Tuesday, August 19, 2014

The Slaughter Bench Of History

Reparations for Ferguson - Atlantic Mobile:

I wonder what percentage of the black population thinks as this man? The Atlantic seems to find him representative enough to be "not a kook".

There have been young people fighting outside my window for as long as I can remember. I was no older than five sitting on the steps of my parents' home on Woodbrook Avenue watching the older boys knock shoulders in the street—"bucking" as we called it then—daring each other to fire off. From that point on I knew that among my people fisticuffs had their own ritual and script. The script was in effect that evening: show cause "some niggas jumped me in the park" "I ain't no punk" "wait right here son, I'm bout to get my shit"

"My people" . There is always going to be scripted violence among "my people". I'll admit to ignorance on "get my shit" ... too cultural for me, but maybe gun? After all, 10's of young black men die by gunfire at each other each month in Chicago alone, and nobody is writing lamentations in the Atlantic for them. That is acceptable scripted cultural violence I guess -- better to call out the extremely exceptional cases of white on black killing.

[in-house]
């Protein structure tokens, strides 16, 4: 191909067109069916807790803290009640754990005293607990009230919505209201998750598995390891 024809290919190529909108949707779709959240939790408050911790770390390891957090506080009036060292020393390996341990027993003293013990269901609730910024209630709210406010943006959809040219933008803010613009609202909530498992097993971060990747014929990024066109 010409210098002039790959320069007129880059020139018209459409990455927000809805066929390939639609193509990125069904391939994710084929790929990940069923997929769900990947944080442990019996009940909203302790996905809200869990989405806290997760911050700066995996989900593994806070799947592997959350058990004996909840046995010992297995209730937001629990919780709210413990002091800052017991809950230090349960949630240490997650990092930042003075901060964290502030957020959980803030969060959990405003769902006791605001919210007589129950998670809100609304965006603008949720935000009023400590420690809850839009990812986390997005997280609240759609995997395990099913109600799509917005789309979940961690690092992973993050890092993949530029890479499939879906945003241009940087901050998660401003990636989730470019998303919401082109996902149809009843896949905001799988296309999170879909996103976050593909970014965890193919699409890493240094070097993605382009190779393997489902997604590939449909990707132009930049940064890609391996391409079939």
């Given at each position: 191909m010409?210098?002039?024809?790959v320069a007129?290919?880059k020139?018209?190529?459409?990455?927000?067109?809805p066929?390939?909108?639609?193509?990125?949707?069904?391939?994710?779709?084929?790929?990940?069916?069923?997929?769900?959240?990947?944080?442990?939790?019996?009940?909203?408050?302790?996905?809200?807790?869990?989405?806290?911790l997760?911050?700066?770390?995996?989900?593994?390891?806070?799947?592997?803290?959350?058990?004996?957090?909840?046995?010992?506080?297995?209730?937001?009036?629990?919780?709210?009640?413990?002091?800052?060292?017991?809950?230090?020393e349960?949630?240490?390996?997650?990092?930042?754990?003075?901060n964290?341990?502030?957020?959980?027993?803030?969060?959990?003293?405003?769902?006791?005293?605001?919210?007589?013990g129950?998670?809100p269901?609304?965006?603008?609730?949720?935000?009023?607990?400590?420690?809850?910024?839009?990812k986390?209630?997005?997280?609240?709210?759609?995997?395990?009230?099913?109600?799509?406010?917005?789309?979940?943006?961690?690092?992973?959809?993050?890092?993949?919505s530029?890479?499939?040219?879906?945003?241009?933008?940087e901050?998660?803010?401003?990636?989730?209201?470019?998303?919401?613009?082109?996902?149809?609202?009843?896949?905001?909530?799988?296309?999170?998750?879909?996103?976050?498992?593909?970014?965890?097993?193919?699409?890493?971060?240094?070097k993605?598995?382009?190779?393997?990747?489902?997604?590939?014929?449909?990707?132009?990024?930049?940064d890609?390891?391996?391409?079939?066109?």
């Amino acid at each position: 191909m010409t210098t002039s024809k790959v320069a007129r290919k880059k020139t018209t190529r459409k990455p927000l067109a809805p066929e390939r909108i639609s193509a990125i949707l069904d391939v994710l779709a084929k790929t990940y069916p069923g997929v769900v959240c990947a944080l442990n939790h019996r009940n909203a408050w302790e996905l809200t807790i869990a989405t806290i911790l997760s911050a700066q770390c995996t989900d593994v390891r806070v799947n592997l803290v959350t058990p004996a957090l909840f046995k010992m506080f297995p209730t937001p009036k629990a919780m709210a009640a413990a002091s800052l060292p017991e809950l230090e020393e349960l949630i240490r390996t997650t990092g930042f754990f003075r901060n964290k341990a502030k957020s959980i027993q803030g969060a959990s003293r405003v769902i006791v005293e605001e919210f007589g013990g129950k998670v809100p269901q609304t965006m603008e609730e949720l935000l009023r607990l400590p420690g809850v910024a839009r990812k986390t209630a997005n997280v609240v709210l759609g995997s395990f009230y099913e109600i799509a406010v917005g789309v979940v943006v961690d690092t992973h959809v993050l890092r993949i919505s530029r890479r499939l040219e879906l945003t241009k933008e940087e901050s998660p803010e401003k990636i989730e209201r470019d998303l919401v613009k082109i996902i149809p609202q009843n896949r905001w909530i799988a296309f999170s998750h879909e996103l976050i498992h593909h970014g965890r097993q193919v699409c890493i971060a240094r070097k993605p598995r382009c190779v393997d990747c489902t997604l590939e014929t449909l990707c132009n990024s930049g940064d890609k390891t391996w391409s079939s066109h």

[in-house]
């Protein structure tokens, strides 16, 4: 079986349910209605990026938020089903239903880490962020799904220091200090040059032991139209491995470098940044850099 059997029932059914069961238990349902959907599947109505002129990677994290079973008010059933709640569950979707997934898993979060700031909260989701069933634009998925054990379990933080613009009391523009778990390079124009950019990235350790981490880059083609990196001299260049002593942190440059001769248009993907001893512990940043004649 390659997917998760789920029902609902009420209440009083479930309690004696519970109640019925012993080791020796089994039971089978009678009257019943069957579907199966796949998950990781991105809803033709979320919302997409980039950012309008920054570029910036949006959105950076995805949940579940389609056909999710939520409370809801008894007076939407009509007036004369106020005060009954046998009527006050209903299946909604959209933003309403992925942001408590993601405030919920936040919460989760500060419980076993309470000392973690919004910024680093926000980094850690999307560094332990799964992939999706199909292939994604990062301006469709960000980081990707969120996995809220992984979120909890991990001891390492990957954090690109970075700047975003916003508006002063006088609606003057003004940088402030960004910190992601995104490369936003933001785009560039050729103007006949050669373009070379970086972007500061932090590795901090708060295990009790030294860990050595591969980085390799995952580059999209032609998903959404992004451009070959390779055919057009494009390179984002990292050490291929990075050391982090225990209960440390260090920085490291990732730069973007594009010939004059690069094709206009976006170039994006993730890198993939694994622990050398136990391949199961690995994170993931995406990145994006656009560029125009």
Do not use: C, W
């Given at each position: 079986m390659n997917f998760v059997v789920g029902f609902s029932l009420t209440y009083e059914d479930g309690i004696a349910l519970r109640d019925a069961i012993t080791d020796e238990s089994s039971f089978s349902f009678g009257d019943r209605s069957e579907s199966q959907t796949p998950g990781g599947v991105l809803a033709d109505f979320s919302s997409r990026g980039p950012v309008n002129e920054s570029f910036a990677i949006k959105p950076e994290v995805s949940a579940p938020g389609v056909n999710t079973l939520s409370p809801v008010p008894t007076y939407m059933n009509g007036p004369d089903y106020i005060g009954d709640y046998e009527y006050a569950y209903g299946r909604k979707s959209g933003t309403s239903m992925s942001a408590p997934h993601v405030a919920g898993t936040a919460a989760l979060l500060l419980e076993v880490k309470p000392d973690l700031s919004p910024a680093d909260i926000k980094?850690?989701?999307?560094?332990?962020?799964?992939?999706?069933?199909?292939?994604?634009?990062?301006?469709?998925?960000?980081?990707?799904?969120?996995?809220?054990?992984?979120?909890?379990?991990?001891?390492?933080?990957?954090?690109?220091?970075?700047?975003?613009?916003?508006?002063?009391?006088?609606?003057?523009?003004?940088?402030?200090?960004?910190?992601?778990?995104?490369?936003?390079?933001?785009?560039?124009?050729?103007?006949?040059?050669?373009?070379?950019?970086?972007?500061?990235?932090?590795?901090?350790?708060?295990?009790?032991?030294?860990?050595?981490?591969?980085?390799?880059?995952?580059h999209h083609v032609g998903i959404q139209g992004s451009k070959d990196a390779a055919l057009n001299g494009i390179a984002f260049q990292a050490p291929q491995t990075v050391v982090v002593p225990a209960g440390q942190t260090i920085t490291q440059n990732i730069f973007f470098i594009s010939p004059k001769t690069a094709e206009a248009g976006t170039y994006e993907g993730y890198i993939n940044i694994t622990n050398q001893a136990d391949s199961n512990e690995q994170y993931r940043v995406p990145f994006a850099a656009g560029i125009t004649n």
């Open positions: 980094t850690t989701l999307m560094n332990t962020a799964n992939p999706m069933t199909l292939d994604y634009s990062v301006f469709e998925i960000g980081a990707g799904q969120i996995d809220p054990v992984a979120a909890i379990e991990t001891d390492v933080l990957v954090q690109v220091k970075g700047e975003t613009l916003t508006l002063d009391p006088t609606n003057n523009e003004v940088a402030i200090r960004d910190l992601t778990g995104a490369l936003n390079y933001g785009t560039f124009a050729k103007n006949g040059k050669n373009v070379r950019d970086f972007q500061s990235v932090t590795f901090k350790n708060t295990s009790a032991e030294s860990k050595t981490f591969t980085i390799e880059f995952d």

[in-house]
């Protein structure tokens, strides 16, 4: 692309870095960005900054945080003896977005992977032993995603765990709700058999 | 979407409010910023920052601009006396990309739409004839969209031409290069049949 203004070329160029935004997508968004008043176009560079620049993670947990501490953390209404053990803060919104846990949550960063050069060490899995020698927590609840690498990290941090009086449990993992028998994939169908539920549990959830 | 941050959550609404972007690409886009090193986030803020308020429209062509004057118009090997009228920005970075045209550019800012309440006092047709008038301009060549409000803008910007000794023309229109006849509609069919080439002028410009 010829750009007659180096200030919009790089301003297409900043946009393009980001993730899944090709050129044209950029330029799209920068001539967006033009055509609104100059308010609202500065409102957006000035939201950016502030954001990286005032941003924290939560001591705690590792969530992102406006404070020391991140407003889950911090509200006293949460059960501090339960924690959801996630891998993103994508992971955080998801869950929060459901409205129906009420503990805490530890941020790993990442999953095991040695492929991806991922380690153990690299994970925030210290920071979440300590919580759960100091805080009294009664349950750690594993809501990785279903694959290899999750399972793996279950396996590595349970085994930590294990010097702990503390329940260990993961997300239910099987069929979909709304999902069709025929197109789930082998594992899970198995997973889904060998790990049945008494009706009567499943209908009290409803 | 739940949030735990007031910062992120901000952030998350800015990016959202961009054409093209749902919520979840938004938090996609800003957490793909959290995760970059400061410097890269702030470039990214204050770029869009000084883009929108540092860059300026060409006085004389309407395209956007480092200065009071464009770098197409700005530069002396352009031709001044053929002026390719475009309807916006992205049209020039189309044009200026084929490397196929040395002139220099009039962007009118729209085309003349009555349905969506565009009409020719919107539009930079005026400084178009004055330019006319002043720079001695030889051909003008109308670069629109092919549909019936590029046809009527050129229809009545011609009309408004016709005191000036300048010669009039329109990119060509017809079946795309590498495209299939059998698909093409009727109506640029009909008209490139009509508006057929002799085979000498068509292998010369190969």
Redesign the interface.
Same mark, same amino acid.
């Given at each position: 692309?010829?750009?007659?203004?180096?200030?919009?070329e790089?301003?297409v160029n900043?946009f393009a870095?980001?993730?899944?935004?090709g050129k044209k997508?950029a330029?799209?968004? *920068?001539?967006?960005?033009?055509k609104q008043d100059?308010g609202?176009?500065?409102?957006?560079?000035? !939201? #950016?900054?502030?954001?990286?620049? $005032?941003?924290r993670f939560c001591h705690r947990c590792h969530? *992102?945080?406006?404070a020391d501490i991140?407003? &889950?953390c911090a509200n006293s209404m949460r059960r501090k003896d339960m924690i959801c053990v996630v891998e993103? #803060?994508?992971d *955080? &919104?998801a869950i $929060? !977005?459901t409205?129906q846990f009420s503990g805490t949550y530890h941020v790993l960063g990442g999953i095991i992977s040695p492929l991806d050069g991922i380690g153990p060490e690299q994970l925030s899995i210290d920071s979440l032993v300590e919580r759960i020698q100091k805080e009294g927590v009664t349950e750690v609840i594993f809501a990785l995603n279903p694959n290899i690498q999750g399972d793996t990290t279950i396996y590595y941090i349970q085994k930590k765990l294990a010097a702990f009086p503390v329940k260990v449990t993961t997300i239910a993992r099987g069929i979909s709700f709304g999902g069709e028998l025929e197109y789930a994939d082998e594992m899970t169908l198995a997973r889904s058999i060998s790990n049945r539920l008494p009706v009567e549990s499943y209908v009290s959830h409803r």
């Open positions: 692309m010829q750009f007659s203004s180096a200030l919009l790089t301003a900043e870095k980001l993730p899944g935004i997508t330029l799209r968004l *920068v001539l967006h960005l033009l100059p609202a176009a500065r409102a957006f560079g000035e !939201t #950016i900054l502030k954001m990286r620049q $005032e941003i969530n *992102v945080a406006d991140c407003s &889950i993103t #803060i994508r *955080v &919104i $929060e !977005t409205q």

Then we come to the money quote -- the idea that maybe we could escape "the slaughter-bench of history", soon to be rebutted,
We know that America is exceptional in one key respect—we came to democracy without much bloodshed. Around the world, from Hungary and Russia to Iraq and Nigeria, we see the dream of peaceful democratization dragged again and again to what the philosopher Hegel called the slaughter-bench of history. Racial strife and murderous governments, not liberty and democracy, are the rule in history, the established pattern. We know that, mercifully, democratization scourged us only once in ferociously modern style: during the Civil War.
This is a quote from another author, James Poulos -- and the author if the column is not in the mood to accept that a mere 600K dead is sufficient blood to cover the sin of slavery.

So he ends with the not subtle at all threat that "his people" are going to visit "the slaughter bench of history" onto the US at some point -- at which I assume we will have the same sort of "justice" found in vast swaths of Africa today. His position seems to be that such is proudly part of the legacy of "his people".

This is not the singular, special fault of the police. The police are but the tip of the sword wielded by American society itself. Something bigger than Stand Your Ground, the drug war, mass incarceration or any other policy is haunting us. And as long we cower from it, the events of this week are as certain as math. The question is not "if," but "when."

'via Blog this'

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